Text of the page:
Facebook quietly stopped apps from accessing users' private data just two weeks ago
Facebook exposed private lists of users' friends to app developers without their knowledge until two weeks ago, despite claiming to have blocked this functionality three years ago.
The loophole allowed apps to collect the friend lists of anybody who had installed the app, exposing their names and profile photos. Facebook quietly switched the "taggable friends" interface off on April 4, burying the announcement among a series of other privacy measures.
Facebook chief Mark Zuckerberg was grilled by US Congress last week.
In Mark Zuckerberg's testimony to US Congress, he said: "In 2014, to prevent abusive apps, we announced that we were changing the entire platform to dramatically limit the Facebook -information apps could access. Most importantly, apps like Kogan's could no longer ask for information about a person's friends unless their friends had also authorised the app".
However, Facebook failed to shut down the taggable friends feature in 2014, which granted similar access. This meant apps were able to mine information including photos and names for another three years.
By default, Facebook profiles allow users to "tag" their friends in pictures and status updates, and the feature must be switched off manually. Since the majority of users do not change their default settings, anybody who installed a Facebook app, such as a quiz or personality test, exposed most of their friends' names.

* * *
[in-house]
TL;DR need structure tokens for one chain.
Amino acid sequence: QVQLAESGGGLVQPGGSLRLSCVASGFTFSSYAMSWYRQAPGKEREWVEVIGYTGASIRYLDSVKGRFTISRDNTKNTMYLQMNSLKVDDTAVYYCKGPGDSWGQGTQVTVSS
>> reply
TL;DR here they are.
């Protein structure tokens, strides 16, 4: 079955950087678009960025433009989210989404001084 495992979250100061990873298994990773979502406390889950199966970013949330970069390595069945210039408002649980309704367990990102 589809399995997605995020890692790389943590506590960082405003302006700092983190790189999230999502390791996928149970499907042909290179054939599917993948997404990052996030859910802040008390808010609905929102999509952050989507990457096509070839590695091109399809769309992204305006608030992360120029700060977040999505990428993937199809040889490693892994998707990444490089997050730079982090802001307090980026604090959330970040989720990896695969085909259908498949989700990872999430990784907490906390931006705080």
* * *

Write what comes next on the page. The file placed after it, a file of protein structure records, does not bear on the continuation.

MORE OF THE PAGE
Facebook has not revealed how many developers had access to this API or whether it has any evidence of abuse. When the Cambridge Analytica debacle came to light, it warned that it was aware of "malicious actors" who may have abused its systems to create profiles of people without their knowing.
While the taggable friends feature would not grant as rich a data set as ones accessed before 2014, it may have provided a starting point for a firm or researcher to target them for further collection. It could be used to calculate things such as credit risk, based on what friends had in common, as well as political influence by association.
Bryan Carney, a journalist and developer who first alerted Facebook to the bug, said that he was able to pull his entire friend list through the loophole and noticed hackers discussing how to use the information on web forums. Mr Carney alerted Facebook through its bug bounty programme.
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